How to Help Japan: a Message from the Terasaki Center Director

Professor Hitoshi Abe, who was born and raised in Sendai, and Terasaki Center staff members have prepared a list of organizations that they believe can be most effective in getting aid from overseas to the people most affected by Japan's unprecedented crisis.

Jump to list of aid organizations

Dear Friends of Japan,

As multiple news reports are showing, Japan today is facing an unprecedented crisis. The images coming from Japan convey unbearable scenes of a horrible calamity, as well as the bravery and composure of the Japanese.

Sendai, the city at the center of the stricken area, is my hometown where I was born and raised. My parents as well as many relatives and friends live in this beautiful city. Sendai is a university town filled with students and is referred to as the forest city because of its abundance of greenery. Along the coast one finds Matsushima, one of the three famous beautiful places of Japan, and many other ancient Japanese landscapes stretching up to Aomori in the north and Ibaraki in the south. The agricultural and fishing industries of resource-rich northeastern Japan have been pillars of the superb food culture enjoyed in Japan and around the world. The numerous festivals celebrated in the region, including Sendai's Tanabata, Kesennuma's Tenbata Festival, and Ishinomaki's Kawabiraki add color to the scenery of the seasons, while deepening the bonds of the people who belong to communities large and small.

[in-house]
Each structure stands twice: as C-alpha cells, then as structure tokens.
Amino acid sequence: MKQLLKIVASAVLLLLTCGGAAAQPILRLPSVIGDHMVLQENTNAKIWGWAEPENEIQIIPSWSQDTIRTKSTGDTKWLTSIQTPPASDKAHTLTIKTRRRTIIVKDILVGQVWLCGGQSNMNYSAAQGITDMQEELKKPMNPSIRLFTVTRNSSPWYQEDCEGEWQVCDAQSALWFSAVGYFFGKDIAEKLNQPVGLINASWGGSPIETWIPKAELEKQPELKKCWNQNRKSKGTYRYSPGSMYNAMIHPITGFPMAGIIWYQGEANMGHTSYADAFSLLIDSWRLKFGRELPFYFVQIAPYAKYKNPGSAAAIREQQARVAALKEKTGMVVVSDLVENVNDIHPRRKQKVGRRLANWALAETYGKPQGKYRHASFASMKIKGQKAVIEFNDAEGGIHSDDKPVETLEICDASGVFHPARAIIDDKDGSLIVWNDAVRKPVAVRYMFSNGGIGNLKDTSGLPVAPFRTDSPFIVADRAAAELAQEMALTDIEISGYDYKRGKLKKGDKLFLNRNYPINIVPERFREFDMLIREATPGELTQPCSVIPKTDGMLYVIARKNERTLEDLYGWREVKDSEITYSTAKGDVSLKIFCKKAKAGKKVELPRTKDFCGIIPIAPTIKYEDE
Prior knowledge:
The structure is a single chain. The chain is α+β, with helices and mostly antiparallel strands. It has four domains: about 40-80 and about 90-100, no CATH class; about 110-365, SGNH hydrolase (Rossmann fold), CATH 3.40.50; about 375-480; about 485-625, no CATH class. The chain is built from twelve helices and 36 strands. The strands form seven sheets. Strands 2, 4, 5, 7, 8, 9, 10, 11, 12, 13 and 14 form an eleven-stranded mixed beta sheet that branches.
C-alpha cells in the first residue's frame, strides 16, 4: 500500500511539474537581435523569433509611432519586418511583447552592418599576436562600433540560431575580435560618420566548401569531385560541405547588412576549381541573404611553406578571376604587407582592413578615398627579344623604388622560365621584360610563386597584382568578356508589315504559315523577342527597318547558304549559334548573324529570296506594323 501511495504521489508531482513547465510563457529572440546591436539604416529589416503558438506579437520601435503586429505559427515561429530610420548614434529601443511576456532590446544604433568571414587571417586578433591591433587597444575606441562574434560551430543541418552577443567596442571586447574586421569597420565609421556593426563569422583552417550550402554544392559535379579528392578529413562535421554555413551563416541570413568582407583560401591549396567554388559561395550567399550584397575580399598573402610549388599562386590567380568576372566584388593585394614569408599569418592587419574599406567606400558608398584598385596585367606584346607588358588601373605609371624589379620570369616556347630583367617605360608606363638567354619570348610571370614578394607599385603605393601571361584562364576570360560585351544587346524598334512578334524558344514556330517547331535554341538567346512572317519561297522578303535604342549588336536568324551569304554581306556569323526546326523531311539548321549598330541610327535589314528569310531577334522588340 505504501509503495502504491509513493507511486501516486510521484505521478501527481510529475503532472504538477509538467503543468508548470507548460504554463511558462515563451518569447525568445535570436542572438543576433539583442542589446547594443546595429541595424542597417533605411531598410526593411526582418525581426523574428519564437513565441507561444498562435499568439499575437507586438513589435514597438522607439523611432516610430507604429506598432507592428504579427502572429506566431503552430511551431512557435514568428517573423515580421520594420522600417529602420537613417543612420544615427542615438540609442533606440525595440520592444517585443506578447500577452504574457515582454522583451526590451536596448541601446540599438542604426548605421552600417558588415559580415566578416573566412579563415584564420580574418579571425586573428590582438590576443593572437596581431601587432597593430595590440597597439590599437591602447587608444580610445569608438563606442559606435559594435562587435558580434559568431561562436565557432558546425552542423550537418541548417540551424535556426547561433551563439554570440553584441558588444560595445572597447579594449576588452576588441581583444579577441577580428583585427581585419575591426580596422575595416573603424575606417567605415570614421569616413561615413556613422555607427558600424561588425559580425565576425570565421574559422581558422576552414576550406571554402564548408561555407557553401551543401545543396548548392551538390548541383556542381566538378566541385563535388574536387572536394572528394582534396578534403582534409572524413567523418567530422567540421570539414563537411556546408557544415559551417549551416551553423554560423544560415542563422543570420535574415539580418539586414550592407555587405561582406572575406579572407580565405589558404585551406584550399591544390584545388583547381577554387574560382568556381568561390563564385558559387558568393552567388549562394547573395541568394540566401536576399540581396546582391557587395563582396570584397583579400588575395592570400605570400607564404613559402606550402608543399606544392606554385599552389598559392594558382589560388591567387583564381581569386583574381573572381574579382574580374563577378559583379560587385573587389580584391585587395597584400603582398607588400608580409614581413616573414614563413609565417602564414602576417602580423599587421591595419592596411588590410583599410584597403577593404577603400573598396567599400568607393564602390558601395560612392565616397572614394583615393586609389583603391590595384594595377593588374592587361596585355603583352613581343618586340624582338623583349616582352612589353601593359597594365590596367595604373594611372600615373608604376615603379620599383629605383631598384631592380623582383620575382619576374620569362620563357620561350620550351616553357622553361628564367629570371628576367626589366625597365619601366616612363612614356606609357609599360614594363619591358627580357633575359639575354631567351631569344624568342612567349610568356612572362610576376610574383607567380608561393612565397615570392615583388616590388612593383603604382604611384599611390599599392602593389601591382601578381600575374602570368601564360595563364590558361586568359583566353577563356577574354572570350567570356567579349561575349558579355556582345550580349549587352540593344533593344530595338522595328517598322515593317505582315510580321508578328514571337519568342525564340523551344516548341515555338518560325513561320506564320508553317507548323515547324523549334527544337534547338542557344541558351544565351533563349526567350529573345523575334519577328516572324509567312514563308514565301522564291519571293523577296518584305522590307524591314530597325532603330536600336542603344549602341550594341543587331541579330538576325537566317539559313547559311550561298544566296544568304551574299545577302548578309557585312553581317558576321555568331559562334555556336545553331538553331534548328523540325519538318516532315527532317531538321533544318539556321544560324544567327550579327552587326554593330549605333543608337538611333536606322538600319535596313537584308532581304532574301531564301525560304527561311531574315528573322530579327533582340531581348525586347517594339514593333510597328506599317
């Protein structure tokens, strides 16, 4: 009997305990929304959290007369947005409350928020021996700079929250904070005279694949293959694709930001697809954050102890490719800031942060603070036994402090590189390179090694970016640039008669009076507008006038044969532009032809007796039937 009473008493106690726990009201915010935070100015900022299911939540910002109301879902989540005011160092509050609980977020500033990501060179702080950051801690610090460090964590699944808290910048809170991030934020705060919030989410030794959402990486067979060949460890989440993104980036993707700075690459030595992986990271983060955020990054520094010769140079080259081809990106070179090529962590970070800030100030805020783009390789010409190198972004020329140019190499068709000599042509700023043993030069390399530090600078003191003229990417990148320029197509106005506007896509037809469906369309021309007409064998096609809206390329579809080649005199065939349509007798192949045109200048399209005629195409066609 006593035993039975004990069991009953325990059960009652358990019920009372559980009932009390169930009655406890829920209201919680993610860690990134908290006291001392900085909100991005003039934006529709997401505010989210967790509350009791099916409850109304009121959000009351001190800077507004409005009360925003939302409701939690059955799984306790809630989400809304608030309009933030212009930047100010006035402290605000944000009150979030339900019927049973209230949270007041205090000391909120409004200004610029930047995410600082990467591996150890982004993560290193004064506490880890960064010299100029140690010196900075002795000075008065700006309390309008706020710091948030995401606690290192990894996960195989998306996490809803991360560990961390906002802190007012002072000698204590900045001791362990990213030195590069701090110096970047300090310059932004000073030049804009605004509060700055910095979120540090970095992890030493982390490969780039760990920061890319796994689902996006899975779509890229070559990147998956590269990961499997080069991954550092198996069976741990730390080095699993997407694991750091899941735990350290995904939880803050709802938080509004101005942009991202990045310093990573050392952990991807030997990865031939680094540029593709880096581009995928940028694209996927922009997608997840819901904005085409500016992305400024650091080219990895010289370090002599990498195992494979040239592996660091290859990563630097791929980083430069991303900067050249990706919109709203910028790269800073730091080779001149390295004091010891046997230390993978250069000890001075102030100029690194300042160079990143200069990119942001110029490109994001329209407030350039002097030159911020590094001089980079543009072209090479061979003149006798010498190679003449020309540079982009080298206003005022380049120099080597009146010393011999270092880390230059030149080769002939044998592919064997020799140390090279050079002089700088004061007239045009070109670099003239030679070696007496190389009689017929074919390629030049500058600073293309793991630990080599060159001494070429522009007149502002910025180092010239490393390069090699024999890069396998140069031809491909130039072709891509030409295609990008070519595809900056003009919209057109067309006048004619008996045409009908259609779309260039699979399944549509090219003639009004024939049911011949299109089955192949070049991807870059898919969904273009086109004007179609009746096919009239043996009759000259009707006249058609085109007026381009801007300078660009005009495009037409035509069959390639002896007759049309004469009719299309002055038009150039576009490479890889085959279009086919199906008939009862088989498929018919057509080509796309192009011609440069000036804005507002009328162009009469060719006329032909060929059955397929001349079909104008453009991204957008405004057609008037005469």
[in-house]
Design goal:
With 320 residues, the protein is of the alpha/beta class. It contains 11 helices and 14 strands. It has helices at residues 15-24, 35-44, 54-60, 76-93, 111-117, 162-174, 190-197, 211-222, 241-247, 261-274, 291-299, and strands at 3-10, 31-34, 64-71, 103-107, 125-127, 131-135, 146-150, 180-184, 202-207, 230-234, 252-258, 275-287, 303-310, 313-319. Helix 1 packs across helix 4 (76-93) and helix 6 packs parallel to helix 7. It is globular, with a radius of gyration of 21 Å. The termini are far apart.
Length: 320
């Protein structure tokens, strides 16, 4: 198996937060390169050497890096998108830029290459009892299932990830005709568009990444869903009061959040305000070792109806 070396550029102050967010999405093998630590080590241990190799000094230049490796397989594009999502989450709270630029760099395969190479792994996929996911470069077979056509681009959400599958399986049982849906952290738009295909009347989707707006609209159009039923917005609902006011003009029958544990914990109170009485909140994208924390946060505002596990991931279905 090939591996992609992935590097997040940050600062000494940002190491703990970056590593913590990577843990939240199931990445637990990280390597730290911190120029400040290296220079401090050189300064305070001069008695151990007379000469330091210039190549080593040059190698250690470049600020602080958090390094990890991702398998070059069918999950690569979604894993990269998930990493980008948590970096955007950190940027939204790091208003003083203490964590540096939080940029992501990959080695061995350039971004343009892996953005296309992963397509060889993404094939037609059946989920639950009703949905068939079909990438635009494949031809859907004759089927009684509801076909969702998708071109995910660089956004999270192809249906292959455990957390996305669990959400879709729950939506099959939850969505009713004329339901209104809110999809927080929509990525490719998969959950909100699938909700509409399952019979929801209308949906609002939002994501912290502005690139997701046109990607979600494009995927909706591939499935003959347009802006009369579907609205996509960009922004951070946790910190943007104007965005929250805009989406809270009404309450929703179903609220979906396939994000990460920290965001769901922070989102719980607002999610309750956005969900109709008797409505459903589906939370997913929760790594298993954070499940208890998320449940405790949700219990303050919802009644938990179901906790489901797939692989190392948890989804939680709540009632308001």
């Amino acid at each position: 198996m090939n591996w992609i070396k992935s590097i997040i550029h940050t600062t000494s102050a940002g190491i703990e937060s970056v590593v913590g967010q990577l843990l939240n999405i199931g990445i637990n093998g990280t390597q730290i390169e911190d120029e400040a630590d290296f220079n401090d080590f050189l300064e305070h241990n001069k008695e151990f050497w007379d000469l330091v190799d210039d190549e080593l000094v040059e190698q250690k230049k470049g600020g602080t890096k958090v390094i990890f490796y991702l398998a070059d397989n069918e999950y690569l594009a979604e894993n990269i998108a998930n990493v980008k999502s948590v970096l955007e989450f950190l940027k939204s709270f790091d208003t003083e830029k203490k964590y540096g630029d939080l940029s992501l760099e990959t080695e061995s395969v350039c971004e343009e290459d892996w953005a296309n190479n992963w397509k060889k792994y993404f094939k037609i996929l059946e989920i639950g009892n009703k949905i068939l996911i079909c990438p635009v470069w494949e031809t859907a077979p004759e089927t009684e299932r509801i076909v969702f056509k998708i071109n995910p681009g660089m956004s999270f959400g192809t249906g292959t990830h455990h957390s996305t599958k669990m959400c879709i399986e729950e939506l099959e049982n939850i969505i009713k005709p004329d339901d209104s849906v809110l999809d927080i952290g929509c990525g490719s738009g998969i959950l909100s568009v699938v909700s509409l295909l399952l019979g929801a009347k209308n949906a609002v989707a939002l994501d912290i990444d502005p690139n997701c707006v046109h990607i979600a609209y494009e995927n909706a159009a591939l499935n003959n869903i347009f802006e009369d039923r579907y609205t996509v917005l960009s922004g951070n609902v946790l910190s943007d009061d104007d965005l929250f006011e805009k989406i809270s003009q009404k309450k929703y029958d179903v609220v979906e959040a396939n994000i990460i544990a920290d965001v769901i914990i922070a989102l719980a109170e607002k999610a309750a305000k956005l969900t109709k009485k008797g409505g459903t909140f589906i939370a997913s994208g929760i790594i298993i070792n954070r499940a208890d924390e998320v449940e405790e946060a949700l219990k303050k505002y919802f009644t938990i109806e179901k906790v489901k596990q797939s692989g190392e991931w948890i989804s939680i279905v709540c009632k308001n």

All of this has been lost, or heavily damaged, in the recent disaster. The countless beautiful landscapes by the sea that I, along with many others, enjoyed since childhood exist no more. There will probably be no festivals celebrating communities for some time. Some of the communities themselves have been wiped away by the tsunami. The blow to agriculture and fishing will be enormous. Universities have evacuated many of their students from the stricken areas and have suspended operations. The damaged buildings of the university where I studied cannot be entered. Many are still searching for family and friends. The scope of what has been lost, what will be lost, is immeasurable.

Along with shock, I am filled with admiration at the way in which the victims of this tragedy are facing such extraordinary circumstances. They are trying to get through this difficult time by helping one another without causing any further chaos. With great patience and without conflict they wait in long lines for 2 liters of gasoline, while enduring 4-hour lines to receive food rations. They offer to share the limited food they have with others, while helping those who have missing family members. We must offer our support to these people who are standing up to this most difficult circumstance with such dignity and determination.

Below, I append information that we have gathered on various groups providing aid. This is a list of organizations that we believe can be most effective in getting aid from overseas directly to the people. Please decide what kind of support you are able to offer. I hope from the bottom of my heart that as many people as possible will extend a helping hand to the victims of this calamity and will continue to keep them in their hearts as time goes on. Please circulate this message as widely as possible among your friends.


Hitoshi Abe
Director, Paul I. and Hisako Terasaki Center for Japanese Studies, UCLA
(Translated by Seiji Lippit, Associate Director)

After much research and consideration, we recommend the following groups due to their presence in Japan and their ability to bring relief to the victims directly. Groups have been categorized by their mission goals and include local government, general relief (humanitarian aid), medical aid, and children's needs. These groups have teams positioned to aid affected areas. 

Local government